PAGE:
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United States Department of Agriculture

Agricultural Research Service

Research Project: INNOVATIVE BIORESOURCE MANAGEMENT TECHNOLOGIES FOR ENHANCED ENVIRONMENTAL QUALITY AND VALUE OPTIMIZATION

Location: Coastal Plain Soil, Water and Plant Conservation Research

Title: Poultry litter and switchgrass blending and pelletizing characteritics for biochar production

Authors
item Cantrell, Keri
item MARTIN, JERRY

Submitted to: Proceedings of the American Society of Agricultural and Biological Engineers International (ASABE)
Publication Type: Proceedings
Publication Acceptance Date: September 4, 2012
Publication Date: September 6, 2012
Citation: Cantrell, K.B., Martin, J.H. 2012. Poultry litter and switchgrass blending and pelletizing characteritics for biochar production. In: Proceedings of the American Society of Agricultural and Biological Engineers International Meeting, July 29-August 1, 2012, Dallas, Texas. Paper # 12-1337605, 13 p.

Technical Abstract: Biochar characteristics for both soil and energy applications have been documented to be affected by both the parent feedstock and pyrolysis production temperature. Controlling these two variables may yield an ideal product with engineered properties—“A Designer Biochar.” Manure-based biochars are known to be extremely alkaline with high ash contents while lignocellulosic biochars are known to be carbon-rich with more neutral to acidic pH. Poultry litter and switchgrass feedstocks were blended at different ratios, pelletized, and then underwent slow pyrolysis at different temperatures to determine the effect that blend ratio and pyrolysis temperature had on the final biochar’s energetic, pellet durability, and proximate composition characteristics. Comparing pure poultry litter biochars to the blended poultry litter and switchgrass biochars, the high pH, electrical conductivity, and ash contents were mediated suggesting a more appropriate biochar for soil application. Blending poultry litter and switchgrass increased both the energy content and the rate of mass loss largely due to the increase of biochar carbon; but blending decreased the end temperature of combustion suggesting more labile carbon in the blends. Structurally, pure poultry litter pellets, regardless of pyrolysis temperature, were more resistant to degradation and less dustier than pure switchgrass pellets. Even though a blended biochar pellet will become more prone to degradation with constant handling, a manure-plant blended pellet alleviates some of the other application issues when using pure manure-based biochars.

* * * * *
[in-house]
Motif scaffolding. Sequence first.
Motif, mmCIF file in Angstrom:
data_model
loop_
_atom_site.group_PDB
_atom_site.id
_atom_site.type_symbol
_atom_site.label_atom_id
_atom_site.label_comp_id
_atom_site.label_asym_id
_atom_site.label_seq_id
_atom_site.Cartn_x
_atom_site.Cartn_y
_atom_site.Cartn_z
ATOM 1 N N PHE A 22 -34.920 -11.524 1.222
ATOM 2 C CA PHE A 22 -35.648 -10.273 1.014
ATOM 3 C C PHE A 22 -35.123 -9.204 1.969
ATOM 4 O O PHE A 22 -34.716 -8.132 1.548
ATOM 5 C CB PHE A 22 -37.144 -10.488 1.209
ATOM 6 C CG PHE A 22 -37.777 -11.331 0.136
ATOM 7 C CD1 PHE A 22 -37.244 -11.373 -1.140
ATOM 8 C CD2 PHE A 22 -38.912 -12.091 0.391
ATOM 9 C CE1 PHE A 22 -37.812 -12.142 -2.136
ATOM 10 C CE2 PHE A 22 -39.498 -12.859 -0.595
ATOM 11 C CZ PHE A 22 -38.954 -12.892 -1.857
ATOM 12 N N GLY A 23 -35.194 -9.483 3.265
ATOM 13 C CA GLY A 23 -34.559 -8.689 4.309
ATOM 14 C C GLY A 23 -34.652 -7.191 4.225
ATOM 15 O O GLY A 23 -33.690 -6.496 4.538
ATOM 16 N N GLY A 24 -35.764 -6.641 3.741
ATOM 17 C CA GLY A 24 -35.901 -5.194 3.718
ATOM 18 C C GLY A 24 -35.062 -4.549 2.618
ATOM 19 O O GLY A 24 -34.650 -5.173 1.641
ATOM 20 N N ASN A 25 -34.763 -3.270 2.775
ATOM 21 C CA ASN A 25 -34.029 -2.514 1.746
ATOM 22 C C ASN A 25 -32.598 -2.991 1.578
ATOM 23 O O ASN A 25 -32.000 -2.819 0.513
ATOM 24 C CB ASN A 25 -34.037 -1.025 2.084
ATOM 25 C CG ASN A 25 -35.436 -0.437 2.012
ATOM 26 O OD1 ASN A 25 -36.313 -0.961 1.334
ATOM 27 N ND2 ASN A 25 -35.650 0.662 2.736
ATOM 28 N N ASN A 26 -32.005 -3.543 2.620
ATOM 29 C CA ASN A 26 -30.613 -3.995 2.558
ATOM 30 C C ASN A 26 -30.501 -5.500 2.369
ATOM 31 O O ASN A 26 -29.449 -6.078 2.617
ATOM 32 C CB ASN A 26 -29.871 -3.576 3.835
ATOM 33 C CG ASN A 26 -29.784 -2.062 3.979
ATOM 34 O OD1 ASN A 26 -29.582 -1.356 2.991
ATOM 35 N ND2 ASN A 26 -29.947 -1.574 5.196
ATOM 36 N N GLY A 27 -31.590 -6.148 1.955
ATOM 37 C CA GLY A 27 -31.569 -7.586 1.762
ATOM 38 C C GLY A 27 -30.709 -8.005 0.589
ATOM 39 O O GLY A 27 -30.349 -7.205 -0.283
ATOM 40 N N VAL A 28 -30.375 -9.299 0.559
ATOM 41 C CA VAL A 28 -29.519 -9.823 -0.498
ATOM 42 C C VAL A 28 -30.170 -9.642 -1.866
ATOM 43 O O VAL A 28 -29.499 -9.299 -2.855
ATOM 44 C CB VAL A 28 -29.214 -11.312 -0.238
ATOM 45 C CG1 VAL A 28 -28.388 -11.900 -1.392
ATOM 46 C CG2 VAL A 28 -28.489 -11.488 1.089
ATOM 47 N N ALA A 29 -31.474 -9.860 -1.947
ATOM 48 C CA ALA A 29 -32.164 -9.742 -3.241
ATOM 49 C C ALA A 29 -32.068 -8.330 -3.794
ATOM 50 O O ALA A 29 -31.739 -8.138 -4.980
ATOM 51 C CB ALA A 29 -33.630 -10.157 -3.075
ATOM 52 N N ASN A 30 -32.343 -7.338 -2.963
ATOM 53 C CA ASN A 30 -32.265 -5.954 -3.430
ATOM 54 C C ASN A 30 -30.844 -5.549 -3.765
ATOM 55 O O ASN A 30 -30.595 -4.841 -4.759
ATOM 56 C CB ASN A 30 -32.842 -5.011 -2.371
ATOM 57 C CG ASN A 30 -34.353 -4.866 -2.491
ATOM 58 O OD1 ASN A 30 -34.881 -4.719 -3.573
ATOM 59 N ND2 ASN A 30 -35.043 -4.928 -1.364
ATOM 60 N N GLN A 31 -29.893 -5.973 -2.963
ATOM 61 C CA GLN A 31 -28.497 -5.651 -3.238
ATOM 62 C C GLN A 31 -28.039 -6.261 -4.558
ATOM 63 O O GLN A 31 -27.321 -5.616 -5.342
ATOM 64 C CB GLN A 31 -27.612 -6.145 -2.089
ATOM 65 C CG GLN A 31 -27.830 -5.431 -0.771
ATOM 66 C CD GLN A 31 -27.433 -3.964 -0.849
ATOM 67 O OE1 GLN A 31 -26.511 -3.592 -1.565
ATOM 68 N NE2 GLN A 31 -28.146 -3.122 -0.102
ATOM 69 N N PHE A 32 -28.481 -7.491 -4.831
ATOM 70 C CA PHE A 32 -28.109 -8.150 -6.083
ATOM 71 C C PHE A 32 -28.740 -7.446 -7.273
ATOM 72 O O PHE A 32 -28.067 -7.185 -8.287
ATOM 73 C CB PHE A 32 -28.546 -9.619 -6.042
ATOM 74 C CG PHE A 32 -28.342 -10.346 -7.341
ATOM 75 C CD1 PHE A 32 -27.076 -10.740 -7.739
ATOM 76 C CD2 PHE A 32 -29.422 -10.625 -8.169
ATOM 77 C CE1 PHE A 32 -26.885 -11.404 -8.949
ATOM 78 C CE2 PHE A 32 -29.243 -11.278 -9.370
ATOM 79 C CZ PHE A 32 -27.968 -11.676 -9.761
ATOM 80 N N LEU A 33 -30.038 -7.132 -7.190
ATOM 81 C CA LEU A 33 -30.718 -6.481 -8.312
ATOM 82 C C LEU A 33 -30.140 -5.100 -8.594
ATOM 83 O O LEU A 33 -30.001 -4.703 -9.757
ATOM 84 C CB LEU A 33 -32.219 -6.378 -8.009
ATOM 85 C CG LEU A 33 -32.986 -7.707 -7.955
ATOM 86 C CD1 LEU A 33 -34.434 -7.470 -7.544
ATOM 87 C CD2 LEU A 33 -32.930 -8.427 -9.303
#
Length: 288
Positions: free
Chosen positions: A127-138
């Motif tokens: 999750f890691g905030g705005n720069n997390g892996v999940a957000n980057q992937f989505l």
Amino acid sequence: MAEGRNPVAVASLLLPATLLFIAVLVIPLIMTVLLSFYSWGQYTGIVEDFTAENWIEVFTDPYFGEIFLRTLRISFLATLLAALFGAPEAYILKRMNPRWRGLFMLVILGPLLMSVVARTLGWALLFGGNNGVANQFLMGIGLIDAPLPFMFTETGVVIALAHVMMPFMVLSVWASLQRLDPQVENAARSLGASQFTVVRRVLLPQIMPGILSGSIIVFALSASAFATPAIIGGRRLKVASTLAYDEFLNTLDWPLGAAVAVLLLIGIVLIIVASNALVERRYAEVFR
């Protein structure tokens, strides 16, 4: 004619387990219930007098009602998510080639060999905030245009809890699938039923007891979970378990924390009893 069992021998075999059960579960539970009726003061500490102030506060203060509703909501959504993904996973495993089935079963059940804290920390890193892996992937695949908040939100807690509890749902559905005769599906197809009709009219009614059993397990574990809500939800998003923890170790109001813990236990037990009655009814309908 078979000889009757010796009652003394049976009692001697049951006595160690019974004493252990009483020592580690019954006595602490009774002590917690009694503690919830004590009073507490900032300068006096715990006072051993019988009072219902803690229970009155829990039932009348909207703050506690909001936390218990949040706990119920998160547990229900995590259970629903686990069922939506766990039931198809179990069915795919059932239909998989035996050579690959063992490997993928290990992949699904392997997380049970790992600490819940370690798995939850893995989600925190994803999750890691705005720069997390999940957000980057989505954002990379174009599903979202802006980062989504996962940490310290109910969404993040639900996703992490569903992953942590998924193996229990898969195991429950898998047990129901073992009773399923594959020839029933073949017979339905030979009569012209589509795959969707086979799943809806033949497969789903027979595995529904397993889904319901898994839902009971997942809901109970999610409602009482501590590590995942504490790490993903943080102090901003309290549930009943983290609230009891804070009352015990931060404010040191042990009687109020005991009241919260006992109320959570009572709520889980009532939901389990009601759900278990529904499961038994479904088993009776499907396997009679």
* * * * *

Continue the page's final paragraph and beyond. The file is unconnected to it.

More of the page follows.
Last Modified: 9/29/2014
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